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Seen from Space 2004

Major Typhoon No. 18 follows similar path as Typhoon No. 16 towards Kyushu.

 
Fig. 1 Typhoon No. 18 observed by AMSR-E Fig. 2 Typhoon No. 18 observed by MODIS

Typhoon No. 18 (Songda (*1)) is the most powerful typhoon to pass by Okinawa in the last several years. It remains powerful after passing Okinawa's main island with winds of 50 knots (25 m/s) over a day and a half ago. It is predicted to follow a similar path as Typhoon No. 16, which struck Japan last week.

Figure 1, an AMSR-E near-real-time image observed at 0206 (JST) on September 6, depicts the well-developed clouds of Typhoon No. 18 located in the East China Sea. Dark blue on the sea surface indicates a large volume of water vapor in the atmosphere, and yellow represents well-developed clouds. Figure 2 is an image acquired by MODIS aboard NASA's EOS-Aqua satellite at 1046 (JST) on September 5. Figure 3 is a super-imposed image of rain rates near the Earth's surface observed by PR and the cloud image observed by VIRS both aboard the TRMM satellite at 1115 (JST) on September 5. Figure 4 is the precipitation observed by TMI aboard the TRMM satellite at the same time. You can see the heavy precipitation area (red and yellow) is distributed in a spiral around the typhoon. Figures 2 to 4 depict the situation of the typhoon just before it passed Okinawa's main island.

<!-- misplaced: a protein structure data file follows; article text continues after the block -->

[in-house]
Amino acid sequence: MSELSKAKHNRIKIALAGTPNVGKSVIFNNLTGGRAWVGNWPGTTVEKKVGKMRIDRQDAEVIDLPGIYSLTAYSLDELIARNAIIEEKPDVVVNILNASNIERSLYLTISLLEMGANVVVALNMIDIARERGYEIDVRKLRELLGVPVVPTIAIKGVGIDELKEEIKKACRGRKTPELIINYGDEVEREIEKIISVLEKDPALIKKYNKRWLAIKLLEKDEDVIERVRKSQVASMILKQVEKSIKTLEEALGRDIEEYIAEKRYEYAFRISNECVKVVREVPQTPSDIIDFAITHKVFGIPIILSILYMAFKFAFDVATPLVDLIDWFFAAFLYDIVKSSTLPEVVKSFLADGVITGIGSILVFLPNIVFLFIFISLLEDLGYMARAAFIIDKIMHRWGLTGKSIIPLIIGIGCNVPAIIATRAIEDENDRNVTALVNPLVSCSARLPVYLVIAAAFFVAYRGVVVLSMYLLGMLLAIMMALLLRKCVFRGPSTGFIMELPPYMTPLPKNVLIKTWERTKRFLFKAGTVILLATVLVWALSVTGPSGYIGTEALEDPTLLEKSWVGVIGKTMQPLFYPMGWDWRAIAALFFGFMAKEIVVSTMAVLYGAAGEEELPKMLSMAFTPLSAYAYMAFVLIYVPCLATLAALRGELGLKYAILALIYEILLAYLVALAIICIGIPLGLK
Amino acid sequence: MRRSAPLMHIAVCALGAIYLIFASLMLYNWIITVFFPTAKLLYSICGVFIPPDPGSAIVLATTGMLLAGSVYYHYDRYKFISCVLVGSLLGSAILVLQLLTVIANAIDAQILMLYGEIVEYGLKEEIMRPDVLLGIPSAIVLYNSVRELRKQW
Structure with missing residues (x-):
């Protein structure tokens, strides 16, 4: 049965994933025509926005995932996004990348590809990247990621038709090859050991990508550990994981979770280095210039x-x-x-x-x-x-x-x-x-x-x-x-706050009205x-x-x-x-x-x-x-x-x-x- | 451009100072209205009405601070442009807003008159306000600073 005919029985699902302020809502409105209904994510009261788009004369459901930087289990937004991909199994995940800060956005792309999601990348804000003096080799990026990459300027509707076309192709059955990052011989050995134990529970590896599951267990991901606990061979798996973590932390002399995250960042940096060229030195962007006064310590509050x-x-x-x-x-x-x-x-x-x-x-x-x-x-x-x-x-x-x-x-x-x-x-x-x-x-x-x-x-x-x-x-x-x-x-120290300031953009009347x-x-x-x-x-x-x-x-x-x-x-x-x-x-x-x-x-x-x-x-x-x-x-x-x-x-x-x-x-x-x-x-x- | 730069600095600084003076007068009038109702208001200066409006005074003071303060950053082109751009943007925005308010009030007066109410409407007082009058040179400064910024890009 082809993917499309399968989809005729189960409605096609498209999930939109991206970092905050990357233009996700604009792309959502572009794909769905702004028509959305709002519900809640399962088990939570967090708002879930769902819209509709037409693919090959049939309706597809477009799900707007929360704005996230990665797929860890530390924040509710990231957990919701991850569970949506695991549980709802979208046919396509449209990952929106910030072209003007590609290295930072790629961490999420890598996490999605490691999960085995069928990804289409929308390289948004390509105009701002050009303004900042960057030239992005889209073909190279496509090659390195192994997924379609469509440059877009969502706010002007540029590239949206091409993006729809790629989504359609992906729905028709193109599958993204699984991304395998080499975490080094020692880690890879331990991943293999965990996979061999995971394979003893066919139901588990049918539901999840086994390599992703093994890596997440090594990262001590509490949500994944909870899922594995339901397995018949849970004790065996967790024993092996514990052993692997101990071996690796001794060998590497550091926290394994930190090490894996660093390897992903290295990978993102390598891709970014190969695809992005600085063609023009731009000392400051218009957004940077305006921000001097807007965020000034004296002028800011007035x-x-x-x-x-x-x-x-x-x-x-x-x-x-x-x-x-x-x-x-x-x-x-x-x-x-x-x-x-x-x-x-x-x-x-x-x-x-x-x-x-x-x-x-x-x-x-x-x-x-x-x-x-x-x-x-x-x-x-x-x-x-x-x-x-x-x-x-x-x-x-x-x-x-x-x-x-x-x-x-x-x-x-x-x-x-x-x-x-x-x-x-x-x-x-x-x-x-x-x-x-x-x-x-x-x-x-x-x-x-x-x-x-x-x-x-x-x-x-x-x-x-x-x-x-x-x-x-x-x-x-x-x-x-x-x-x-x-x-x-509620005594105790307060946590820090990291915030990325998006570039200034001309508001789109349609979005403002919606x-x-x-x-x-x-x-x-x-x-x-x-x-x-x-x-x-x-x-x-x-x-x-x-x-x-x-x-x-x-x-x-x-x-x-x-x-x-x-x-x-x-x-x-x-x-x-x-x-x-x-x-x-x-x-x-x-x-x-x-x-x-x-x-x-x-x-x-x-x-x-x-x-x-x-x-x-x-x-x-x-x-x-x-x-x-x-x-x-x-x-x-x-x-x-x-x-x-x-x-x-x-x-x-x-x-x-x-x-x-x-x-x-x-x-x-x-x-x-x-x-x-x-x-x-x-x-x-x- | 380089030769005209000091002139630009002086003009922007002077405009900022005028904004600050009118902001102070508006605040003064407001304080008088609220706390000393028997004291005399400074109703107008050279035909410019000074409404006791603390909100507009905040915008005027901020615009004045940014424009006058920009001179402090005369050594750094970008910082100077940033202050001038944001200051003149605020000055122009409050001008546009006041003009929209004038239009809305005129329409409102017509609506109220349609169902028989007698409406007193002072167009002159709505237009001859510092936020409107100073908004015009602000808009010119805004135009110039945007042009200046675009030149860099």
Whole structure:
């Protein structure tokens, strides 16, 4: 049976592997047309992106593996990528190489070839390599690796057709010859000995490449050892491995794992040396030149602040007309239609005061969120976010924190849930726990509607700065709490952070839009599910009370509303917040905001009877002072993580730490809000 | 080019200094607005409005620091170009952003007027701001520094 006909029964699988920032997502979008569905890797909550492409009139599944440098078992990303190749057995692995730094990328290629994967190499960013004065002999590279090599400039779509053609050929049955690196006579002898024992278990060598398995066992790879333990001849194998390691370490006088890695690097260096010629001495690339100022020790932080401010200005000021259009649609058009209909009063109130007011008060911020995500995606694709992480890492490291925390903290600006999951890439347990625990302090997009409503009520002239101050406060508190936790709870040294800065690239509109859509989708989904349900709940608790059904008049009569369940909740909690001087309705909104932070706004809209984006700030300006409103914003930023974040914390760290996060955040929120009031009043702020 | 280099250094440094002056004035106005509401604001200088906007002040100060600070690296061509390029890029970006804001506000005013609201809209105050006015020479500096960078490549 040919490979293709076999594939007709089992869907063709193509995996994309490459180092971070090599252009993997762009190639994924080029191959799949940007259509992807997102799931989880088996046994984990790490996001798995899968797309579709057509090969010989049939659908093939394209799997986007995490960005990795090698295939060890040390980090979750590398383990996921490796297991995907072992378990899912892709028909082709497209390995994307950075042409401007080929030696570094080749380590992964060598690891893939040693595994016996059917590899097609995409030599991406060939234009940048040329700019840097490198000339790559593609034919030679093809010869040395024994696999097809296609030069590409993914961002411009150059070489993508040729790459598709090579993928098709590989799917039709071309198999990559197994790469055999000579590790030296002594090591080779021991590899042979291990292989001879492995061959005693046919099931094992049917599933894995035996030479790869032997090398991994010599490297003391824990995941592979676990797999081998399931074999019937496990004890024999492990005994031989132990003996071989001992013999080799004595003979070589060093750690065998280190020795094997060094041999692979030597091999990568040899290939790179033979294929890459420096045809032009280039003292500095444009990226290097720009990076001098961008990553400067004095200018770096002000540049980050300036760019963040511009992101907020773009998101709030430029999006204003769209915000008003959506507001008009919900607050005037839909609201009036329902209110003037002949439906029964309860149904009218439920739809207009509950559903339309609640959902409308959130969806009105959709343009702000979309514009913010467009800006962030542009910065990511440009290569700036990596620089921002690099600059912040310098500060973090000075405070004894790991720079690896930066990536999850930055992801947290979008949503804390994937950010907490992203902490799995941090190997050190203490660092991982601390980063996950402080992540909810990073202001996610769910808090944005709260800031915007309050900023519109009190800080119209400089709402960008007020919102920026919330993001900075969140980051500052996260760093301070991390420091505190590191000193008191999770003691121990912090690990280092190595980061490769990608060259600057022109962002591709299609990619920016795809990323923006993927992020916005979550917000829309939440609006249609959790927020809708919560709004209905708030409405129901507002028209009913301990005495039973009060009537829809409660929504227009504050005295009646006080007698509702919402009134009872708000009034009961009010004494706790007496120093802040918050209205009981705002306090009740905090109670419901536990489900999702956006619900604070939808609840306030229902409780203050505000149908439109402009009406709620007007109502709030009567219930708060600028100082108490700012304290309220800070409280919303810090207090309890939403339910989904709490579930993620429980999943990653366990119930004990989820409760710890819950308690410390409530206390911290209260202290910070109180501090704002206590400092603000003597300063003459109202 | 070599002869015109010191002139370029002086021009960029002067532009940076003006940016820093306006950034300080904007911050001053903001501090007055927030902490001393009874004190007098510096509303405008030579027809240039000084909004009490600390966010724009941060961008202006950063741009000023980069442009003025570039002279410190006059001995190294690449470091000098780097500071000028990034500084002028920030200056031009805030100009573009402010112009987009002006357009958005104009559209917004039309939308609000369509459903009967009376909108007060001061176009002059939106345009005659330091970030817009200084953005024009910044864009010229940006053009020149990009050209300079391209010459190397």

Figures 1 and 2 show an active front north of the typhoon. It is necessary to monitor rainfall from the front because warm wet air accompanying the typhoon flows into the front and stimulates it.

Fig. 3 Rain rate distribution acquired by PR and cloud image acquired by VIRS Fig. 4 Rain rate image acquired by TMI

Typhoon No. 19 (Sarika) is following Typhoon No.18 and needs to be monitored for flood tide and high seas as well as violent winds and rainfall.



(*1)Songda is the name of a river located in northwest Vietnam.
(*2)Sarika means "singing bird" in Cambodian.


Explanation of the images:
Fig. 1
Satellite: EOS- Aqua: Earth Observing System - Aqua (NASA)
Sensor: AMSR-E: Advanced Microwave Scanning Radiometer- EOS (JAXA)
Time and date: 02:06 (JST) on September 6, 2004
EOS-Aqua project is a joint project among NASA, JAXA and INPE (Brazil's space agency).

Fig. 2
Satellite: EOS-Aqua (NASA)
Sensor: MODIS: Moderate Resolution Imaging Spectro-radiometer (NASA)
Time and date: 10:46 (JST) on September 5, 2004
Receiving station: JAXA EOC.

Fig. 3
Satellite: TRMM: Tropical Rainfall Measuring Mission (Built and operated by NASA, launched by JAXA)
Sensor: PR: Precipitation Radar (JAXA)
VIRS: Visible and Infrared Scanner (NASA)
Time and date: 11:15 (JST) on September 5, 2004

Fig. 4
Satellite: TRMM
Sensor: TMI: TRMM Microwave Imager (NASA)
Time and date: 11:15 (JST) on September 5, 2004

Related sites:
TRMM Tropical Cyclone Database
TRMM Tropical Cyclone Quick Report
AMSR-E Tropical Cyclone Quick Report
AMSR-E Today's Image
MODIS Near-real-time Images
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